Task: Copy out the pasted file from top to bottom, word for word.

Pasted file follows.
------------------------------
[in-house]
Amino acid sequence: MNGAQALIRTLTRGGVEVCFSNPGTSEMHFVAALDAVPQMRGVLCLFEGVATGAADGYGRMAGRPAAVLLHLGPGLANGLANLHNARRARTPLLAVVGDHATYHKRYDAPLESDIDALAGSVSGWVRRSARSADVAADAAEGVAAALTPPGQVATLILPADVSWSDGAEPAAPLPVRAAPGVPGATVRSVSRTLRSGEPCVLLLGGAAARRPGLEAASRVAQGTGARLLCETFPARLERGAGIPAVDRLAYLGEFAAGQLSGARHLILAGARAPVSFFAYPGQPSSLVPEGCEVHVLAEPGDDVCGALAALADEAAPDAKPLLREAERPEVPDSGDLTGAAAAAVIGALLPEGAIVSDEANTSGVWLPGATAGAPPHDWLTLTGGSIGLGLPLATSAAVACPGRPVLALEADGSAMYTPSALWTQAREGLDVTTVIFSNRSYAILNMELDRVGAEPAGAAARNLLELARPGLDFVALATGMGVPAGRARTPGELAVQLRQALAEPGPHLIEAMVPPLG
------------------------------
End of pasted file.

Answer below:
[in-house]
Amino acid sequence: MNGAQALIRTLTRGGVEVCFSNPGTSEMHFVAALDAVPQMRGVLCLFEGVATGAADGYGRMAGRPAAVLLHLGPGLANGLANLHNARRARTPLLAVVGDHATYHKRYDAPLESDIDALAGSVSGWVRRSARSADVAADAAEGVAAALTPPGQVATLILPADVSWSDGAEPAAPLPVRAAPGVPGATVRSVSRTLRSGEPCVLLLGGAAARRPGLEAASRVAQGTGARLLCETFPARLERGAGIPAVDRLAYLGEFAAGQLSGARHLILAGARAPVSFFAYPGQPSSLVPEGCEVHVLAEPGDDVCGALAALADEAAPDAKPLLREAERPEVPDSGDLTGAAAAAVIGALLPEGAIVSDEANTSGVWLPGATAGAPPHDWLTLTGGSIGLGLPLATSAAVACPGRPVLALEADGSAMYTPSALWTQAREGLDVTTVIFSNRSYAILNMELDRVGAEPAGAAARNLLELARPGLDFVALATGMGVPAGRARTPGELAVQLRQALAEPGPHLIEAMVPPLG